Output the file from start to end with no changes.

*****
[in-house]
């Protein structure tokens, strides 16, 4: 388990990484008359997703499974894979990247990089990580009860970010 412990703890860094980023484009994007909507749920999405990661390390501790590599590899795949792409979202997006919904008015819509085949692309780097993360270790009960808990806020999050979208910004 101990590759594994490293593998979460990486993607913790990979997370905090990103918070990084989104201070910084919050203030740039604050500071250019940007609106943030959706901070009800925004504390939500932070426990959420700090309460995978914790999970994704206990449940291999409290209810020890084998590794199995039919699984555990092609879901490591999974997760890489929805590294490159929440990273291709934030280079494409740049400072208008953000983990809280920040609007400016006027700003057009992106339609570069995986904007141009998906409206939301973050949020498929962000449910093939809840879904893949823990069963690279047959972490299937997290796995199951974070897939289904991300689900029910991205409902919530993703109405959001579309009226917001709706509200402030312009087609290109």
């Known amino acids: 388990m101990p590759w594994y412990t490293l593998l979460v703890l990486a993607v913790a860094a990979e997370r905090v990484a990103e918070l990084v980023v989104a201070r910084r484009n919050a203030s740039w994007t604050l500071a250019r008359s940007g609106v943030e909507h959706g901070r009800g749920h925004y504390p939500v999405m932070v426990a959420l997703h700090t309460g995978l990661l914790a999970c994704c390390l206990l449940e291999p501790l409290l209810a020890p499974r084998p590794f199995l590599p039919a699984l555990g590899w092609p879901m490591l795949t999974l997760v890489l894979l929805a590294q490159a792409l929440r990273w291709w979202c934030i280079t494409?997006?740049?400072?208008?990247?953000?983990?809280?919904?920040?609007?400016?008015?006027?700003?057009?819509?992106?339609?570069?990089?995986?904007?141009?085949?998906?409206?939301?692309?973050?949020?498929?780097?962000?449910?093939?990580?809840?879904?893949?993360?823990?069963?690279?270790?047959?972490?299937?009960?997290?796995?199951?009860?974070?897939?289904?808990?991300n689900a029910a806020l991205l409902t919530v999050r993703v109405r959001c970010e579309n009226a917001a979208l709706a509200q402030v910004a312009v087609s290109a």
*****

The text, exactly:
[in-house]
């Protein structure tokens, strides 16, 4: 388990990484008359997703499974894979990247990089990580009860970010 412990703890860094980023484009994007909507749920999405990661390390501790590599590899795949792409979202997006919904008015819509085949692309780097993360270790009960808990806020999050979208910004 101990590759594994490293593998979460990486993607913790990979997370905090990103918070990084989104201070910084919050203030740039604050500071250019940007609106943030959706901070009800925004504390939500932070426990959420700090309460995978914790999970994704206990449940291999409290209810020890084998590794199995039919699984555990092609879901490591999974997760890489929805590294490159929440990273291709934030280079494409740049400072208008953000983990809280920040609007400016006027700003057009992106339609570069995986904007141009998906409206939301973050949020498929962000449910093939809840879904893949823990069963690279047959972490299937997290796995199951974070897939289904991300689900029910991205409902919530993703109405959001579309009226917001709706509200402030312009087609290109």
């Known amino acids: 388990m101990p590759w594994y412990t490293l593998l979460v703890l990486a993607v913790a860094a990979e997370r905090v990484a990103e918070l990084v980023v989104a201070r910084r484009n919050a203030s740039w994007t604050l500071a250019r008359s940007g609106v943030e909507h959706g901070r009800g749920h925004y504390p939500v999405m932070v426990a959420l997703h700090t309460g995978l990661l914790a999970c994704c390390l206990l449940e291999p501790l409290l209810a020890p499974r084998p590794f199995l590599p039919a699984l555990g590899w092609p879901m490591l795949t999974l997760v890489l894979l929805a590294q490159a792409l929440r990273w291709w979202c934030i280079t494409?997006?740049?400072?208008?990247?953000?983990?809280?919904?920040?609007?400016?008015?006027?700003?057009?819509?992106?339609?570069?990089?995986?904007?141009?085949?998906?409206?939301?692309?973050?949020?498929?780097?962000?449910?093939?990580?809840?879904?893949?993360?823990?069963?690279?270790?047959?972490?299937?009960?997290?796995?199951?009860?974070?897939?289904?808990?991300n689900a029910a806020l991205l409902t919530v999050r993703v109405r959001c970010e579309n009226a917001a979208l709706a509200q402030v910004a312009v087609s290109a």